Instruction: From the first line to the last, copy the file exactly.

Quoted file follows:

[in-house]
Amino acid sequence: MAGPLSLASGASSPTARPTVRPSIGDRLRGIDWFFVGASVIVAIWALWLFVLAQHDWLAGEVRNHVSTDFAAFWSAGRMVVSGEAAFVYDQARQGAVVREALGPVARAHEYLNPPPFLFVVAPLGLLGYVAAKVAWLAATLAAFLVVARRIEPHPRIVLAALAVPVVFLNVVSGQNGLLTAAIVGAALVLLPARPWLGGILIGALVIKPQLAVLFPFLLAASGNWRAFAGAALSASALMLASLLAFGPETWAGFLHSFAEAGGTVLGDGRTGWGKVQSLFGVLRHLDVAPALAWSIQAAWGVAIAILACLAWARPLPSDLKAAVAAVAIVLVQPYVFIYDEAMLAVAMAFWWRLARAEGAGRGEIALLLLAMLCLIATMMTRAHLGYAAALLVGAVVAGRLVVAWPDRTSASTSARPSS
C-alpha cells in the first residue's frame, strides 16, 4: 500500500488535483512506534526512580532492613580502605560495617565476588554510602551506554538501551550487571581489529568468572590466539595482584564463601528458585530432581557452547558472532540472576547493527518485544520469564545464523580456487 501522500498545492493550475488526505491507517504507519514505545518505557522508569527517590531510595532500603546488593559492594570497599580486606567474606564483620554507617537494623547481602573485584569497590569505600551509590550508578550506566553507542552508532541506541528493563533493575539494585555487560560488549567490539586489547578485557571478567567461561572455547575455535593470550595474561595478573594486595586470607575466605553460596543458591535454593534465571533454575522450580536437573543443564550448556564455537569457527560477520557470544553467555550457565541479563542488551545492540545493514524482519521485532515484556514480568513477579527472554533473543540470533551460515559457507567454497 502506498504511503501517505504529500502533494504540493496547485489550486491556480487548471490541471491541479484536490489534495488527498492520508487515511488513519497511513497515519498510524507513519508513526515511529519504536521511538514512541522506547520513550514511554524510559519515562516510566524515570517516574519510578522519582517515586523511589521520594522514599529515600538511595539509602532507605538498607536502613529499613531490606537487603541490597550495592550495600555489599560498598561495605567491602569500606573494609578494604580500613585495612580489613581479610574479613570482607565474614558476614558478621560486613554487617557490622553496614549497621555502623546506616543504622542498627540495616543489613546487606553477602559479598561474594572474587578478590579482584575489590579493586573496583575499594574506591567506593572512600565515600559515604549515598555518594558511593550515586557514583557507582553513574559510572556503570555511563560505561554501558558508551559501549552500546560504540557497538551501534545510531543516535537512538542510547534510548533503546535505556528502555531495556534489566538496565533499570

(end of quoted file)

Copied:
[in-house]
Amino acid sequence: MAGPLSLASGASSPTARPTVRPSIGDRLRGIDWFFVGASVIVAIWALWLFVLAQHDWLAGEVRNHVSTDFAAFWSAGRMVVSGEAAFVYDQARQGAVVREALGPVARAHEYLNPPPFLFVVAPLGLLGYVAAKVAWLAATLAAFLVVARRIEPHPRIVLAALAVPVVFLNVVSGQNGLLTAAIVGAALVLLPARPWLGGILIGALVIKPQLAVLFPFLLAASGNWRAFAGAALSASALMLASLLAFGPETWAGFLHSFAEAGGTVLGDGRTGWGKVQSLFGVLRHLDVAPALAWSIQAAWGVAIAILACLAWARPLPSDLKAAVAAVAIVLVQPYVFIYDEAMLAVAMAFWWRLARAEGAGRGEIALLLLAMLCLIATMMTRAHLGYAAALLVGAVVAGRLVVAWPDRTSASTSARPSS
C-alpha cells in the first residue's frame, strides 16, 4: 500500500488535483512506534526512580532492613580502605560495617565476588554510602551506554538501551550487571581489529568468572590466539595482584564463601528458585530432581557452547558472532540472576547493527518485544520469564545464523580456487 501522500498545492493550475488526505491507517504507519514505545518505557522508569527517590531510595532500603546488593559492594570497599580486606567474606564483620554507617537494623547481602573485584569497590569505600551509590550508578550506566553507542552508532541506541528493563533493575539494585555487560560488549567490539586489547578485557571478567567461561572455547575455535593470550595474561595478573594486595586470607575466605553460596543458591535454593534465571533454575522450580536437573543443564550448556564455537569457527560477520557470544553467555550457565541479563542488551545492540545493514524482519521485532515484556514480568513477579527472554533473543540470533551460515559457507567454497 502506498504511503501517505504529500502533494504540493496547485489550486491556480487548471490541471491541479484536490489534495488527498492520508487515511488513519497511513497515519498510524507513519508513526515511529519504536521511538514512541522506547520513550514511554524510559519515562516510566524515570517516574519510578522519582517515586523511589521520594522514599529515600538511595539509602532507605538498607536502613529499613531490606537487603541490597550495592550495600555489599560498598561495605567491602569500606573494609578494604580500613585495612580489613581479610574479613570482607565474614558476614558478621560486613554487617557490622553496614549497621555502623546506616543504622542498627540495616543489613546487606553477602559479598561474594572474587578478590579482584575489590579493586573496583575499594574506591567506593572512600565515600559515604549515598555518594558511593550515586557514583557507582553513574559510572556503570555511563560505561554501558558508551559501549552500546560504540557497538551501534545510531543516535537512538542510547534510548533503546535505556528502555531495556534489566538496565533499570